Offensive tackle Jake Fisher may end up leaving a legacy at Oregon far beyond winning a ton of games; he may have changed the perspective and attitude of the Duck offensive line forever. Tyler Johnstone said it well in a Chris Dufresne article for the LA Times.
“He’s not a ‘win-one-for-the Gipper’ guy. He doesn’t give speeches. He’s just a mean guy. He wants to go out there and mess people up …”
Oregon fans: how long have we waited to hear a statement like that about an offensive lineman? This week this article is hardly an analysis, but more of an observation of how I believe Jake Fisher’s impact will be felt for a long time in Eugene.
Our introduction to Jake’s intensity occurred in the game at Washington in 2013. Jake drove the linebacker he was blocking into the sideline and off the screen as you see in the video below.
He earned a 15-yard penalty for the effort, but we still scored the touchdown. Being an old offensive lineman, I remember watching the play over and over and loving what unfolded each time. Wow.
Fast forward to the end of his career at Oregon and you can see the attitude did not wane at all. Note above where Jake begins in this scoring play early in the game against Florida State, and then follow him through the play in the video below.
I love that little pat at the end of the play (above) with the second defender who tried to act tough with Jake. “You’re a nice little player there … CUPCAKE!”
Jake’s attitude seems to be spreading among the Duck offensive linemen, and Cameron Hunt may very well be the heir-apparent to the Fisher mean streak. Against Washington he received a penalty for unnecessary roughness. While I don’t like huge penalties that kill drives, sometimes it is important to remind the opposing defense of its place. With Cam, it is at the bottom of the pile, and don’t fight back or who knows what will occur next!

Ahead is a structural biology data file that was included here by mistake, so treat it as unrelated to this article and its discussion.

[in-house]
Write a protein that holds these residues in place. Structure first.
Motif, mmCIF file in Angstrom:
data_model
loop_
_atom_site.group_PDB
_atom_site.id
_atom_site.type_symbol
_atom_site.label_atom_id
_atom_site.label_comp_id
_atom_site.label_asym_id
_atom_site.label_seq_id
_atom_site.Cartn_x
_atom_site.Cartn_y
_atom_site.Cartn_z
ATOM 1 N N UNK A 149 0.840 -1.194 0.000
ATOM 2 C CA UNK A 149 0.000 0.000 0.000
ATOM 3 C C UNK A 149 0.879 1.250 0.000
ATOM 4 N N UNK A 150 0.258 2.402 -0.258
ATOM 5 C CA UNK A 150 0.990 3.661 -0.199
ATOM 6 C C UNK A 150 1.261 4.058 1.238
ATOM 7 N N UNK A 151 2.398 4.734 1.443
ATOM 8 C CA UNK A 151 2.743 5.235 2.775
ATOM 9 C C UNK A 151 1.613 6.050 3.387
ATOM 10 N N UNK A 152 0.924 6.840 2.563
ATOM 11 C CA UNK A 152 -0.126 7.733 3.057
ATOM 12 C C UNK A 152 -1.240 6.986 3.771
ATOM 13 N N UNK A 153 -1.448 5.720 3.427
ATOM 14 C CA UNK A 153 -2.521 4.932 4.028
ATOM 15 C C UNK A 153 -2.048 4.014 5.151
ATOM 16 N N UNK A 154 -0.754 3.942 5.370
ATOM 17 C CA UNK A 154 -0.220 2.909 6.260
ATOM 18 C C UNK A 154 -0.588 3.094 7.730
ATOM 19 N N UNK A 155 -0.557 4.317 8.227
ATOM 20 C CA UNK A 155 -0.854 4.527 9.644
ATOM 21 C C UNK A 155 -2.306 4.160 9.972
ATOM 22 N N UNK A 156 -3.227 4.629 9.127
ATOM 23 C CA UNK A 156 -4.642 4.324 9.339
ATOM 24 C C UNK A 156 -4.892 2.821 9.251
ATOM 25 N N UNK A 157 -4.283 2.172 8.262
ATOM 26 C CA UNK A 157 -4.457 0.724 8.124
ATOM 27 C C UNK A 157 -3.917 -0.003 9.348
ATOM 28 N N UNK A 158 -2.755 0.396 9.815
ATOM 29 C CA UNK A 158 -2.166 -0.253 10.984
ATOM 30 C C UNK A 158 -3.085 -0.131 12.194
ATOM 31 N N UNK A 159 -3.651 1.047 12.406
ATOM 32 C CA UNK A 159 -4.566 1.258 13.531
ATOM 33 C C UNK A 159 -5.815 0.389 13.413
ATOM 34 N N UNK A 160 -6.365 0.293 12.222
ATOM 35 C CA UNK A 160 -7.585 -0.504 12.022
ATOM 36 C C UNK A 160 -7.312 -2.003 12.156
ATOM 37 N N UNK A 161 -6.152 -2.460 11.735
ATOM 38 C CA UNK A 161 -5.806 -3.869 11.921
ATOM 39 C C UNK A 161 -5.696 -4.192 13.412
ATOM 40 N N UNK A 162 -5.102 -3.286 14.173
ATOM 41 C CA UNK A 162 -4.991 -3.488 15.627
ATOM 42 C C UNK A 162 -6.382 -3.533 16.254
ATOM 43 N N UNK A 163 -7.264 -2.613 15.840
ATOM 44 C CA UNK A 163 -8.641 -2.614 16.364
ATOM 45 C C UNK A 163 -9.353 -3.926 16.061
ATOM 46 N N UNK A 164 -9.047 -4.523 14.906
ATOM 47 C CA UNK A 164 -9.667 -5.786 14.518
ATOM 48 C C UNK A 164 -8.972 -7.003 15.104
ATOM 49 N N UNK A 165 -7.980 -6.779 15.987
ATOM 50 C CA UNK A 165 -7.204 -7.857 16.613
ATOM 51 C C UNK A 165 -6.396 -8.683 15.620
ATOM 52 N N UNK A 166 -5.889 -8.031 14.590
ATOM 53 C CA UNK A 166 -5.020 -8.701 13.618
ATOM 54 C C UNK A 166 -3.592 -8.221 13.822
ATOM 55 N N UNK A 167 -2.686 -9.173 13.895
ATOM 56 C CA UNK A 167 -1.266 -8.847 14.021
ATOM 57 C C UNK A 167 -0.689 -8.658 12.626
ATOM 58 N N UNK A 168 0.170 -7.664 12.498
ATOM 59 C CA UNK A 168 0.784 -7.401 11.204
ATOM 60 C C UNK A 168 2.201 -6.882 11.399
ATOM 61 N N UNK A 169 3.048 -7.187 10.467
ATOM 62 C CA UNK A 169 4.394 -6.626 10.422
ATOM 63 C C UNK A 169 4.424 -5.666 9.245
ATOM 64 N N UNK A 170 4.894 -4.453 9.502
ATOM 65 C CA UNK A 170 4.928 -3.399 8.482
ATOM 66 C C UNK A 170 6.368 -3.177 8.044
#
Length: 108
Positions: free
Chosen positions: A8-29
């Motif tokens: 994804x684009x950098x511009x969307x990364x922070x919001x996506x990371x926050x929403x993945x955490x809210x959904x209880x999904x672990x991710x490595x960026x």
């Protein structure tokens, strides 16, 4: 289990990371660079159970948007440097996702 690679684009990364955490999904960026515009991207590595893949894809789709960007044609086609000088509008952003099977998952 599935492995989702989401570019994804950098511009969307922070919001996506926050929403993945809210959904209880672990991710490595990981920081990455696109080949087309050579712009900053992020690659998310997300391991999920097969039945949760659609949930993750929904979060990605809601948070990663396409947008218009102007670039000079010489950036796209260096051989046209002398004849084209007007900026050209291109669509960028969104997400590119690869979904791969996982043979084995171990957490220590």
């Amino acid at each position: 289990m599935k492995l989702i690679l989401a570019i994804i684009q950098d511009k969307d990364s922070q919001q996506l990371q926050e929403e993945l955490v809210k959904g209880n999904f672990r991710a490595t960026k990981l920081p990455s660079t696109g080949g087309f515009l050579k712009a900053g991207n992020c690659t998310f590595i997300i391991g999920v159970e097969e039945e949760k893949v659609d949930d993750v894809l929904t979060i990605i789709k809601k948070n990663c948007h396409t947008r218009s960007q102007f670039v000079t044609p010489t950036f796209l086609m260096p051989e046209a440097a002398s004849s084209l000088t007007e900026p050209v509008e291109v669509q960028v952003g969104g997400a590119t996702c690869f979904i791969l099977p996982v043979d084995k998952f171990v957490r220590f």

You gotta love how Fisher (yellow arrow to the left) is overseeing his protege’ (Hunt, red arrow) to make sure the message is properly delivered.
The game against UCLA last year was crucial as the Ducks had just lost to Arizona at home, and Fisher was returning after missing two games from injury. His presence immediately made everyone on the offensive line tougher. Assistant Head Coach Steve Greatwood talked about the impact of a Fisher pancake block with George Schroeder of USA Today and stated such a play “is contagious” for the rest of the offensive line.
Let’s look at the impact of the Fisher attitude on the results of the game. Before we look at a video of Hunt, let’s first look at milliseconds that make up the block he blasted (the first is above).
At Oregon, we do zone blocking where combo blocks are common. Cam has begun the play helping Hroniss Grasu take command of the Bruin nose tackle (a combo block) and is now moving to the next level (red arrow) to block the UCLA middle linebacker (light blue arrow).
As an old offensive lineman, I cannot tell you how hard this is to execute. Cam (red arrow) is making contact with his block and is working to get his hands inside the hands of the Bruin linebacker. Linebackers in the Pac-12 are fast and very athletic and just getting to them is difficult, let alone trying to block them in space. Note the green arrow above showing Royce Freeman following his blocks.